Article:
(USTs modestly higher, 5s30s steeper on above avg (~160%) volumes)while WE slept; a large BET; dovish hikes? (60/40s) NOT dead yet ...
Good morning … ahead of NFP there’s very little insights I have to offer … and so, I’m not going to try, certainly not as hard as ZH notes a specific trader appears to be trying — see full ZH hit just below where THIS GUY is trying,
Trader Makes Huge $80 Million Bet Fed Is Wrong Again, Will Cut Below 4.2% By Year End …
The breakeven for the trade at expiry is a yield level of approximately 4.2%, so it is only profitable if the Fed cuts below this level.
As Bolingbroke explains, the $80 million SOFR bet was placed via a December 2023 SOFR call spread, where the owner of the position is long one strike equivalent to a 4.5% yield and short a higher strike equivalent to a 2.5% yield, where the maximum profit would be reached…
More below … For NOW, here is a snapshot OF USTs as of 706a:
… HERE is what another shop says be behind the price action overnight…
… WHILE YOU SLEPT
Treasuries are modestly higher and the 5s30s curve steeper (+1.25bp) ahead of NFP and ISM. Services PMI data out of China and Japan scored upside beats overnight while we've tried to capture other overnight developments in our news links above. DXY is modestly lower (-0.13%) while front WTI futures are UNCHD to start the day. Asian stocks were mixed (China lower, others modestly higher), Eu and UK share markets are mixed-to-lower while ES futures are showing -0.6% here at 7:10am. Our overnight US rates activity saw a firm start in Asian hours with the desk reporting better long-end buying (even as our volume sheets showed highest turnover in intermediates). Prices came off the boil after the London crossover as EGB's and Gilts retraced some of yesterday's sharp gains. Overnight Treasury volume was about average overall with my sheet showing 3's (160% of ave) as the turnover leader among benchmarks overnight.
… questions asking what next resistance is for Treasury 10yrs. Our next attachment takes a look at the daily chart of Treasury 10yrs. As you can see, 10yr yields remain below their former bear channel/trend, a nice positive after this week's rally. But 10yr yields remain just above their move low in January (~3.32%) so we still expect resistance there after the level was swiftly rejected on the 19th. Below that Jan low, things may get interesting as a consequence of the straight-shot sell-off from August 2nd last year. It only took 10's ~7 weeks (or less) to move up from the 2.51% area to today's yield and there's that old saw that markets can retrace as fast as the move that preceded it. I use congestion levels, well-defined (3 points or more) trendlines, range highs and lows, former move highs and lows... to set my support and resistance levels. Others weave in moving averages and Fibonacci numbers to find things in between; I don't believe in them or follow them, as you may know. I just care about where barriers of supply or demand have shown up in the past whilst assuming these barriers will show up a second time, until taken out. The point is, below last month's 3.32% rate move low in 10's, this observer sees no resistance for 10's until 2.515%. It sounds so far away for brains inured by 4%-handle benchmarks but, again, it was basically a straight shot rise from there to here during a small brace of weeks last fall. Of course, the newly bullish monthly momentum studies hint of PLENTY of bandwidth to get there, if data/events warrant. Just sayin' …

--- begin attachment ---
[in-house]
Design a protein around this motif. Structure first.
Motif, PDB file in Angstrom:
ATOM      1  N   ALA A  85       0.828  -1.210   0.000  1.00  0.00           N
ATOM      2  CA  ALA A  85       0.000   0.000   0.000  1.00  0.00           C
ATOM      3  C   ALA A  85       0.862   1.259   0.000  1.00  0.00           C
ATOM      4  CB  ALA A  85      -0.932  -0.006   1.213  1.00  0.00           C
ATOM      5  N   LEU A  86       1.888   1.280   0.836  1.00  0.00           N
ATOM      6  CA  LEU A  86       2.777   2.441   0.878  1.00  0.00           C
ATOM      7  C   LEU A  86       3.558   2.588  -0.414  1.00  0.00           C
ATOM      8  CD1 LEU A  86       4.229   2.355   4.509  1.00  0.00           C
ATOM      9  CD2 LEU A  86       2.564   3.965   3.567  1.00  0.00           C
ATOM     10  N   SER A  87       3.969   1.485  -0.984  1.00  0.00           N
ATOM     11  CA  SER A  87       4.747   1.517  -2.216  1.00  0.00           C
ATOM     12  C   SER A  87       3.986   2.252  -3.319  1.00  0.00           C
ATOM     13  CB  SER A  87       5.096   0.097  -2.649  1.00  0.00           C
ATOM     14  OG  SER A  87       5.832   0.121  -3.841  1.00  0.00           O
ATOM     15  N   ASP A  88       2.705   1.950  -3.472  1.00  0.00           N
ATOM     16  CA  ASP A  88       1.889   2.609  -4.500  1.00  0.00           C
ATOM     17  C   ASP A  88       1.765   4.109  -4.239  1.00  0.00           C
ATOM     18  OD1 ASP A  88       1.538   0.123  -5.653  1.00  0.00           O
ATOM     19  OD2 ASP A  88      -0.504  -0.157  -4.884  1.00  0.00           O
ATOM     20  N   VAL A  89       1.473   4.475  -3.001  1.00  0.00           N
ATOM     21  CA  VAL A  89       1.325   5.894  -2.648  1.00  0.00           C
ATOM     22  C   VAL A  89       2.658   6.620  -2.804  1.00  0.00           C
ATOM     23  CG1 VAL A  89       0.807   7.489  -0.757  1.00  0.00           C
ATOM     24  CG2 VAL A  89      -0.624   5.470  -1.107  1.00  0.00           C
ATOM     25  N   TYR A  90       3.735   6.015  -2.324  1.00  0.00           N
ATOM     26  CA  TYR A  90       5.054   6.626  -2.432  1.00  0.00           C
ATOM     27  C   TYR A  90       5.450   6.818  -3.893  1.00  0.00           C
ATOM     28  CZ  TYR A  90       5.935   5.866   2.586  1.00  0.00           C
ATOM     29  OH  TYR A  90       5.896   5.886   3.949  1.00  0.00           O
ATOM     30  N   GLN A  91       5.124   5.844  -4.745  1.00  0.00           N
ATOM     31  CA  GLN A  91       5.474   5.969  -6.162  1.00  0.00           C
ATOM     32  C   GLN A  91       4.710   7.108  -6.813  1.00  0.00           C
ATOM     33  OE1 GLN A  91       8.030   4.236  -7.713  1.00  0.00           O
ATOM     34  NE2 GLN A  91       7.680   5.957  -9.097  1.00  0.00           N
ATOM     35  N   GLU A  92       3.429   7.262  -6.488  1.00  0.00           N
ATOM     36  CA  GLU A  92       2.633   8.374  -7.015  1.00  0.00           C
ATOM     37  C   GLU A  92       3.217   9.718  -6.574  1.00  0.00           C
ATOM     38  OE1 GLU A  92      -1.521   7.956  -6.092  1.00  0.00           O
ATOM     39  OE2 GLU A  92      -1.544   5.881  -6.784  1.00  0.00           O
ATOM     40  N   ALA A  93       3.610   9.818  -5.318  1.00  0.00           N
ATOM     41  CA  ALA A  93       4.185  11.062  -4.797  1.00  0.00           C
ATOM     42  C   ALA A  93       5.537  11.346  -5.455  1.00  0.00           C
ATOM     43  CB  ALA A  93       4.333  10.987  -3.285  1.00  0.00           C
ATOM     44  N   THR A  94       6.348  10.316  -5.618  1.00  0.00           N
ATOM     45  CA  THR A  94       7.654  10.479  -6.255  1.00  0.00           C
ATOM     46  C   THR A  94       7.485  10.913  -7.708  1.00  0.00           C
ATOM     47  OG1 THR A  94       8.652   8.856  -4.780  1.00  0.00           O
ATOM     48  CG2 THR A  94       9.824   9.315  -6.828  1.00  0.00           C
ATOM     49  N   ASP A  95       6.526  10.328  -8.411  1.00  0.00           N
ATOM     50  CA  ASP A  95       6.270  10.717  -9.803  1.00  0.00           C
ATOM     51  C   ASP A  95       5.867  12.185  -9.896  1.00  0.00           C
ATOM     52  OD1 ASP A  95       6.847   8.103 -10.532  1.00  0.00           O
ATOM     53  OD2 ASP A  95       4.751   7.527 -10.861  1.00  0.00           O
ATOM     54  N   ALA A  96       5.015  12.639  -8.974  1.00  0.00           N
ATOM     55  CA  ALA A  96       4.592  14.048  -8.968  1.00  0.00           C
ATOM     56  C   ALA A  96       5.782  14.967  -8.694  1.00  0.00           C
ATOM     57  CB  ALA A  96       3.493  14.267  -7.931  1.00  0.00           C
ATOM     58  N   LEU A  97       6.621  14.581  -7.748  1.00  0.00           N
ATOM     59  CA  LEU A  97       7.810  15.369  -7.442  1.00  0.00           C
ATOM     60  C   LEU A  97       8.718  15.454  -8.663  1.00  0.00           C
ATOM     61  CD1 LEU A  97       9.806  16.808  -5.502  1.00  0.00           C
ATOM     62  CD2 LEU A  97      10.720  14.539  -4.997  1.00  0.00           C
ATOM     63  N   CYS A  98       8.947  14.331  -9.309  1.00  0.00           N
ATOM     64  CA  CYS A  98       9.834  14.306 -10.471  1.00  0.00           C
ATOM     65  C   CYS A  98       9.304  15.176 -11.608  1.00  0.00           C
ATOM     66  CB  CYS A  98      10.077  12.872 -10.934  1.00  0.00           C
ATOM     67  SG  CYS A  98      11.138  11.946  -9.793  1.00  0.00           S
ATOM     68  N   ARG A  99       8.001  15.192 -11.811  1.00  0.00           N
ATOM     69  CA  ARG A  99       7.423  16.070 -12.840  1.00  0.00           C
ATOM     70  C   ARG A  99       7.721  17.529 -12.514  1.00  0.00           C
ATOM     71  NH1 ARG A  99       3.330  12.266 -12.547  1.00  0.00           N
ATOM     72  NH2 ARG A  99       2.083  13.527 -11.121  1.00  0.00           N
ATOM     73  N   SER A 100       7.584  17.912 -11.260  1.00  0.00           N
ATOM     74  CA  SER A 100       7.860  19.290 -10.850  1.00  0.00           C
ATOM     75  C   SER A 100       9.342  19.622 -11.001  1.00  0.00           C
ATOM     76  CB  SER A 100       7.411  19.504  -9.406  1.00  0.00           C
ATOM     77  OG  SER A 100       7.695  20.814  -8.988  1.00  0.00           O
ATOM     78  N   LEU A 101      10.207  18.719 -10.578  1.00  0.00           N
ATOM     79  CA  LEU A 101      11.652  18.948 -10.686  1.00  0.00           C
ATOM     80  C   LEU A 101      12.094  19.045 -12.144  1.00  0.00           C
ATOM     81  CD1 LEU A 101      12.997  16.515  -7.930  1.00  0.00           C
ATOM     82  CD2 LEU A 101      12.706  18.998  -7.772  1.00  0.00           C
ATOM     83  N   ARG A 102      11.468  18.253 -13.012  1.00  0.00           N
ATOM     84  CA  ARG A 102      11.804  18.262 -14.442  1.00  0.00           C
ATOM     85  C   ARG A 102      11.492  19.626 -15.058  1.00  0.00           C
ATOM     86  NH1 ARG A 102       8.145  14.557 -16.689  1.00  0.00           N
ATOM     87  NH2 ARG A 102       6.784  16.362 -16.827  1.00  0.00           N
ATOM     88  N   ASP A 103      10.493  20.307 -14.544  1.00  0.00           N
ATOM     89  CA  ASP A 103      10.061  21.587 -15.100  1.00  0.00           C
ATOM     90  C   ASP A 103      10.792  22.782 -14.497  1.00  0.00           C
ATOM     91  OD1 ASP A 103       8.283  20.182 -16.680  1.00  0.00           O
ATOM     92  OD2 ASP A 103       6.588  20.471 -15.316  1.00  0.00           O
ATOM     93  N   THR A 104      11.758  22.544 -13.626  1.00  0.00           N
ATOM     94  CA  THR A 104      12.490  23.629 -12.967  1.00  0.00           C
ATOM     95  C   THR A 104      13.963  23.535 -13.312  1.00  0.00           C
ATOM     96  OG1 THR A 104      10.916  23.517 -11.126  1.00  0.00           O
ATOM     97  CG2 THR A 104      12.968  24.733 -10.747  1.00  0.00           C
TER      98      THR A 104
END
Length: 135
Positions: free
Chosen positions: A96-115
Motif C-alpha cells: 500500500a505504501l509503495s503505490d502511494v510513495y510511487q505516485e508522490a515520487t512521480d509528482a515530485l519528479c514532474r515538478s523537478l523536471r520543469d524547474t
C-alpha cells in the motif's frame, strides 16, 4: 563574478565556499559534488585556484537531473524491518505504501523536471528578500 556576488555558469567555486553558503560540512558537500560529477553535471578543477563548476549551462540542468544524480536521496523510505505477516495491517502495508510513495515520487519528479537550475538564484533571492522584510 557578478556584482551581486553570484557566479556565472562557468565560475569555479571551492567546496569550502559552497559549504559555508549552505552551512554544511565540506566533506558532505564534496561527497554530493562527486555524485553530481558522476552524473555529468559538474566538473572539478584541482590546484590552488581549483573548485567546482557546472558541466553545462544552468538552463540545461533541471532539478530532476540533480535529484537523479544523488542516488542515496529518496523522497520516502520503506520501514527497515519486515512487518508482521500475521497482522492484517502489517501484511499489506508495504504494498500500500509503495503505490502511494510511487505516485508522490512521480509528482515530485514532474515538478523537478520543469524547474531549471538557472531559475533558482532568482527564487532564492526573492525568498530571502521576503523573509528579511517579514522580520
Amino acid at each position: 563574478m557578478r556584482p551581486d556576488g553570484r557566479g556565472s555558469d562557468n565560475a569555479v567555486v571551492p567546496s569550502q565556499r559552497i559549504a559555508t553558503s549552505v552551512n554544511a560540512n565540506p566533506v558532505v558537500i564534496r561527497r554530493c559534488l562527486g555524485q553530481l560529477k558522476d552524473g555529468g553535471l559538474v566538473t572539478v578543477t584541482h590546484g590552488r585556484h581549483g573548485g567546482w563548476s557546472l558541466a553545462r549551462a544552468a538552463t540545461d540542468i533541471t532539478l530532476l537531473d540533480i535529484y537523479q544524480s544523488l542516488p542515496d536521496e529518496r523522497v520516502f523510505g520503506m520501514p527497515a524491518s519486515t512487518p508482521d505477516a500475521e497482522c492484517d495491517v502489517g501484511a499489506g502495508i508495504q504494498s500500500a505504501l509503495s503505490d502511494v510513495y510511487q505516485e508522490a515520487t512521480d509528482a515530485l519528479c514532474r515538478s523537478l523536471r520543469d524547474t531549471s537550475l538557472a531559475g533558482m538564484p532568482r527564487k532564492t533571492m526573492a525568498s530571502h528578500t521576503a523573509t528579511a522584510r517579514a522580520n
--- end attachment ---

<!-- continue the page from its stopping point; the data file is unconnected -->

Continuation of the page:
… and for some MORE of the news you can use » IGMs Press Picks for today (3 FEB— and STILL SPORTING THAT NEW LOOK!!) to help weed thru the noise (some of which can be found over here at Finviz).
From some of the news to some VIEWS you might be able to use — just a couple thoughts / visuals ahead of NFP. Global Wall St SAYS:
First from BBGs Bolingbroke (via ZH noted above)
Trader Makes Huge $80 Million Bet Fed Is Wrong Again, Will Cut Below 4.2% By Year End
As Bloomberg's Edward Bolingbroke observed, an unidentified investor started amassing the position in the morning and continued buying through the afternoon as Fed Chair Jerome Powell expressed confidence that inflation was improving.
The trade’s $80 million outlay would turn into a $400 million profit if the Fed were to cut its benchmark rate to 2.5% by the end of the year. A lesser amount of cuts, to 3.8%, would lead to a $100 million gain, according to Bloomberg’s Option Scenario Analysis function.
While the market is certainly pricing in aggressive rate cuts by year end - a 50bps cut to 4.4% in December from a 4.9% June peak, is now very much a given - a plunge to 2.5% in Fed Funds would be unprecedented and even a drop to 3.8% would require some unexpected shock to startle the Fed. The breakeven for the trade at expiry is a yield level of approximately 4.2%, so it is only profitable if the Fed cuts below this level.
As Bolingbroke explains, the $80 million SOFR bet was placed via a December 2023 SOFR call spread, where the owner of the position is long one strike equivalent to a 4.5% yield and short a higher strike equivalent to a 2.5% yield, where the maximum profit would be reached. Thursday’s preliminary Chicago Mercantile Exchange open interest data suggested the trade was a new position. Those options expire December 15, two days after the Fed’s final policy meeting of 2023.
Of course, once you start fighting the Fed - successfully - you don't stop until you win, and on Thursday, another big SOFR options trade hit the tape, amounting to about $50 million. It stands to benefit from a continued collapse in volatility through the end of the year that would coincide with the steep rate cuts priced into markets.
Next up and in the wake of global central banking yesterday, I really have to say I despise these sorts of terms Goldilocks using re BoE — dovish hikes — to whit,
BoE Delivers A Dovish 50bp Hike